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Donald Rothberg's Dharma Talks
Donald Rothberg
Donald Rothberg, PhD, has practiced Insight Meditation since 1976, and has also received training in Tibetan Dzogchen and Mahamudra practice and the Hakomi approach to body-based psychotherapy. Formerly on the faculties of the University of Kentucky, Kenyon College, and Saybrook Graduate School, he currently writes and teaches classes, groups and retreats on meditation, daily life practice, spirituality and psychology, and socially engaged Buddhism. An organizer, teacher, and former board member for the Buddhist Peace Fellowship, Donald has helped to guide three six-month to two-year training programs in socially engaged spirituality through Buddhist Peace Fellowship (the BASE Program), Saybrook (the Socially Engaged Spirituality Program), and Spirit Rock (the Path of Engagement Program). He is the author of The Engaged Spiritual Life: A Buddhist Approach to Transforming Ourselves and the World and the co-editor of Ken Wilber in Dialogue: Conversations with Leading Transpersonal Thinkers.
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2011-11-30 Mindfulness and Ethics 63:03
In the context of the accelerating application of mindfulness in "secular" settings, we can ask questions about whether mindfulness is sometimes presented as a mere technique. We look at the nature of "nature" or "right mindfulness" (samma sati) and the importance of connecting mindfulness to the awakened heart, wisdom, and to ethics. In this talk, we focus especially on mindfulness and ethics.
Spirit Rock Meditation Center Monday and Wednesday Talks
2011-11-09 Getting Down to Direct Experience V: And practicing with views, concepts, and stories. 60:28
We again review briefly the meaning of "getting down to direct experience" and then explore how to use concepts and views skillfully as we are somewhat away from direct experience.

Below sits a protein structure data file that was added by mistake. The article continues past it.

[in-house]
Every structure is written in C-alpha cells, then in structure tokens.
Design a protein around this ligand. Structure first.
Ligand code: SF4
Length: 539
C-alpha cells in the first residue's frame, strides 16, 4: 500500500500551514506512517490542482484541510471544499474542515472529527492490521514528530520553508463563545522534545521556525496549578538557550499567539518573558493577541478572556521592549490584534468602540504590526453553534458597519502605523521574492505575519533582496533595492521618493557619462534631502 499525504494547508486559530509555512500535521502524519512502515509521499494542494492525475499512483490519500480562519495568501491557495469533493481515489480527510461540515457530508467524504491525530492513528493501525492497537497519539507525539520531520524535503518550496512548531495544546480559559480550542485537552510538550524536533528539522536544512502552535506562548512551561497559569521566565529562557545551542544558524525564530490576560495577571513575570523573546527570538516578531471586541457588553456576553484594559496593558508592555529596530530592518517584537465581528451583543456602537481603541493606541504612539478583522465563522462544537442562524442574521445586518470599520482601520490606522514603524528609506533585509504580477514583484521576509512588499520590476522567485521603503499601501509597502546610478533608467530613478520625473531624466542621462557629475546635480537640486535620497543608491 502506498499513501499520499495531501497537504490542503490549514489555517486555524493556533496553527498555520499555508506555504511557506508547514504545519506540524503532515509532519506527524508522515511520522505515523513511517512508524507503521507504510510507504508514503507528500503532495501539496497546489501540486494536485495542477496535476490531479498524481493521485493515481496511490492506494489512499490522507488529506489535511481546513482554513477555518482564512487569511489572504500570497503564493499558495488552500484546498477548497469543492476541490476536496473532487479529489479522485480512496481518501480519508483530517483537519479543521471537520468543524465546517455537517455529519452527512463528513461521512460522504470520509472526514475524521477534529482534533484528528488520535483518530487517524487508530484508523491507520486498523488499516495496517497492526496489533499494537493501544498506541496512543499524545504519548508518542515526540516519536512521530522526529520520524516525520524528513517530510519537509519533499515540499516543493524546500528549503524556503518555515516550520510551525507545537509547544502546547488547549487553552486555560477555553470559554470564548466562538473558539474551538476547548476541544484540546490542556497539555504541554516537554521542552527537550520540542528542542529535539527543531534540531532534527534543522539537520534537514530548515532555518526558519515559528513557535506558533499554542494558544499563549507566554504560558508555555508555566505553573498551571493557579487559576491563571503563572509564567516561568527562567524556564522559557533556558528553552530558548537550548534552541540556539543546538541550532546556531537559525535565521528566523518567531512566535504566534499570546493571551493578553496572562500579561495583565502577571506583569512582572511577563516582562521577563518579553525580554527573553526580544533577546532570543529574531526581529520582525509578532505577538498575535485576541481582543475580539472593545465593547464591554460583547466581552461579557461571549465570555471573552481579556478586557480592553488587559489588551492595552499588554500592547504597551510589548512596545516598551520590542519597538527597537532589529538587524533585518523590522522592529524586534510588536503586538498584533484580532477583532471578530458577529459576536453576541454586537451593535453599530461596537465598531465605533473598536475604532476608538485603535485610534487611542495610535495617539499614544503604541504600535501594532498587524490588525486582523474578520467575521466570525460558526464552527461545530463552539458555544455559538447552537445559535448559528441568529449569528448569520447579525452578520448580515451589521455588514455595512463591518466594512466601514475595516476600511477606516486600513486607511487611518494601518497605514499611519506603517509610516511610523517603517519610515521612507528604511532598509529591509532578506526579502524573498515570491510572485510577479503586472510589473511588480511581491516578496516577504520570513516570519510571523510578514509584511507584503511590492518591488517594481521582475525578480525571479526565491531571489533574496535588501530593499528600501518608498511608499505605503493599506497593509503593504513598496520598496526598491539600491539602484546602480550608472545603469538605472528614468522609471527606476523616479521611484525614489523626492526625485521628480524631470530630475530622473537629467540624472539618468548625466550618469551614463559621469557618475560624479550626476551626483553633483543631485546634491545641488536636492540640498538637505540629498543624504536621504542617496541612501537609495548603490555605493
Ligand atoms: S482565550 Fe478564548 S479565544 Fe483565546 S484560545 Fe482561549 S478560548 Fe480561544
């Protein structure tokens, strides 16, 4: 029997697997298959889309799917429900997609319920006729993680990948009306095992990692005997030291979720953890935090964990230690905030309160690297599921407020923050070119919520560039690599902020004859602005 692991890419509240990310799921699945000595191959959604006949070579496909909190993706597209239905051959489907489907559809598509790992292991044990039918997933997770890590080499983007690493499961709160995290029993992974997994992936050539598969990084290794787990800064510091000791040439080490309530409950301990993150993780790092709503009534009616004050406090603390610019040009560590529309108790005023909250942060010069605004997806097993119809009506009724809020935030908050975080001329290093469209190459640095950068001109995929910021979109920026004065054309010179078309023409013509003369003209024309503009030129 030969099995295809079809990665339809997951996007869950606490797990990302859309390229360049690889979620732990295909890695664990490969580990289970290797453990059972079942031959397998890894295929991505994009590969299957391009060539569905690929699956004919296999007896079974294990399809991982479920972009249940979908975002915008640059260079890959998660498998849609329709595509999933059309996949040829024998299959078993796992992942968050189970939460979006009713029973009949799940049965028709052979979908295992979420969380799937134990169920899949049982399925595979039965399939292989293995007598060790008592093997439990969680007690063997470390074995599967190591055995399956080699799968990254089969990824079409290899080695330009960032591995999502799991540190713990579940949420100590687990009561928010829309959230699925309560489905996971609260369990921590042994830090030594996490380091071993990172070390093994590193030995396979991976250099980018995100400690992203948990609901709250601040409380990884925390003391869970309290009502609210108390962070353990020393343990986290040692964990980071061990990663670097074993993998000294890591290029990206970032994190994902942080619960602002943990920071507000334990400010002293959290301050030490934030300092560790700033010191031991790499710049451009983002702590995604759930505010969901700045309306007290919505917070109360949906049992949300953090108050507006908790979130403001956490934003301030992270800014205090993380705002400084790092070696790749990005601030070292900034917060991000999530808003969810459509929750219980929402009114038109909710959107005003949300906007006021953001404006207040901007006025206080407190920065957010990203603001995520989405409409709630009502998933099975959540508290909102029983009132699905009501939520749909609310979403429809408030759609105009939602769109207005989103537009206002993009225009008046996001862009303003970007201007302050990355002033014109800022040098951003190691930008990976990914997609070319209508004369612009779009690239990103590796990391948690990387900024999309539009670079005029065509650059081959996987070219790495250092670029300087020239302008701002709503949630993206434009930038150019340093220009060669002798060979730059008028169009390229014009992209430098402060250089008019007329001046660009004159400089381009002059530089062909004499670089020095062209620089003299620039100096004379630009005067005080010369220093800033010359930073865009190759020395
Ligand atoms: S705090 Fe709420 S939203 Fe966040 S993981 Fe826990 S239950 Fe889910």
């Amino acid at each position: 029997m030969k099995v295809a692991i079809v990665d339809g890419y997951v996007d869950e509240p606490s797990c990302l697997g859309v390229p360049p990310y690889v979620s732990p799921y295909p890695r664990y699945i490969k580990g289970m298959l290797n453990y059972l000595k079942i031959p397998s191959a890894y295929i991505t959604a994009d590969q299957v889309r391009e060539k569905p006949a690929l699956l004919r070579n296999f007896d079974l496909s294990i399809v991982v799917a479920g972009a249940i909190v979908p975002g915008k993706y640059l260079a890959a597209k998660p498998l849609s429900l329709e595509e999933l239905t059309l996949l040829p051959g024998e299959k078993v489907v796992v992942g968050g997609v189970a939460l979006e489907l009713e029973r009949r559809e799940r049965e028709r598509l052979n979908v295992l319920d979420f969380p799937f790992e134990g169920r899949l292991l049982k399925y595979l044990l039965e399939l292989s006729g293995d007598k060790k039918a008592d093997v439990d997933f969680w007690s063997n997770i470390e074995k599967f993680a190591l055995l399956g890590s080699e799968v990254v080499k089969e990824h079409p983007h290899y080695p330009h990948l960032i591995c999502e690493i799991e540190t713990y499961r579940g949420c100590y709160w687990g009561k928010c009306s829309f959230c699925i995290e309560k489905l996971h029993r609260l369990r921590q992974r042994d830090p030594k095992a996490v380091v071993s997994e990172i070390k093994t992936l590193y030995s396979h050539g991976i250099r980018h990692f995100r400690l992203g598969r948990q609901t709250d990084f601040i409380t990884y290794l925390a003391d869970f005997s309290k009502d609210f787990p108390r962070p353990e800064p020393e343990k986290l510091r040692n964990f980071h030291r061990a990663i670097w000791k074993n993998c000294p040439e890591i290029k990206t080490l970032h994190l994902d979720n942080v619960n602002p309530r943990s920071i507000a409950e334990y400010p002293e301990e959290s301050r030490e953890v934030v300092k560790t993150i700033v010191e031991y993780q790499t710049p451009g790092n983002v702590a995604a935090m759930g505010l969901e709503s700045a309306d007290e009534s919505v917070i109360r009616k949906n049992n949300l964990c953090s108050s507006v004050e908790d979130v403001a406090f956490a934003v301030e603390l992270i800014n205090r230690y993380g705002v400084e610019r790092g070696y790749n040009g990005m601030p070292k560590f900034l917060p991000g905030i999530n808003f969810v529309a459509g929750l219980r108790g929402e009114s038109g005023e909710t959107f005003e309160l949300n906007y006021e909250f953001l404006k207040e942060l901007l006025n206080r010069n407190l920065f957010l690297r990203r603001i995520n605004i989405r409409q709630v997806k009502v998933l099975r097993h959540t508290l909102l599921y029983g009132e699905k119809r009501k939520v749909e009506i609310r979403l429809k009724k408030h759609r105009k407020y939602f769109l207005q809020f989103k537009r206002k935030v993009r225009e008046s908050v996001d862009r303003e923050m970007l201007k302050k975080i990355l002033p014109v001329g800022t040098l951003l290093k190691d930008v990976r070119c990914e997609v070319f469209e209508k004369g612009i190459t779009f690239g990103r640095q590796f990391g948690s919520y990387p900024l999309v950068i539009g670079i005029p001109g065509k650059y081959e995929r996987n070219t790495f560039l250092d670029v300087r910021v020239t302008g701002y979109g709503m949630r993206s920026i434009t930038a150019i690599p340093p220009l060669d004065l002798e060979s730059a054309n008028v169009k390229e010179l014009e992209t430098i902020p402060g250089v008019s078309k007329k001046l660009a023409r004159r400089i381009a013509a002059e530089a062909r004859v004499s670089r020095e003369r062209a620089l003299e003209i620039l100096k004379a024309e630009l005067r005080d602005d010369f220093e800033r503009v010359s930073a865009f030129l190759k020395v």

Spirit Rock Meditation Center Monday and Wednesday Talks
2011-11-02 Getting Down to Direct Experience IV: How Can We Relate Skillfully to Thinking? 58:49
After reviewing the emphasis on grounding in more direct experience, we explore how to be skillful as we move away from indirect experience with our thinking, focusing on (1) having our thinking connected with direct experience and (2) using "views" wisely. Includes Q and A.
Spirit Rock Meditation Center Monday and Wednesday Talks
2011-10-26 Getting Down to Direct Experience III 63:07
Building on the last two sessions, we explore three inter-related aspects of ignorance or confusion: 1. How we move away from direct experience, especially because of reactivity. 2. How we develop, personally and collectively, unconscious material;and 3. How we do not fully understand impermanence, the roots of suffering and the nature of the self. We suggest ways to practice with all three forms of ignorance.
Spirit Rock Meditation Center Monday and Wednesday Talks
2011-10-19 Getting Down to more Direct Experience II 57:42
We look further at the mechanisms by which we move away from direct experience. unskillfully, driven by reactivity and papanca (conceptual proliferation). We point to practices of tracking thoughts, emotions, reactivity-that help us ground in more direct experience, leading to greater freedom and responsiveness-personally interpersonally, and collectively.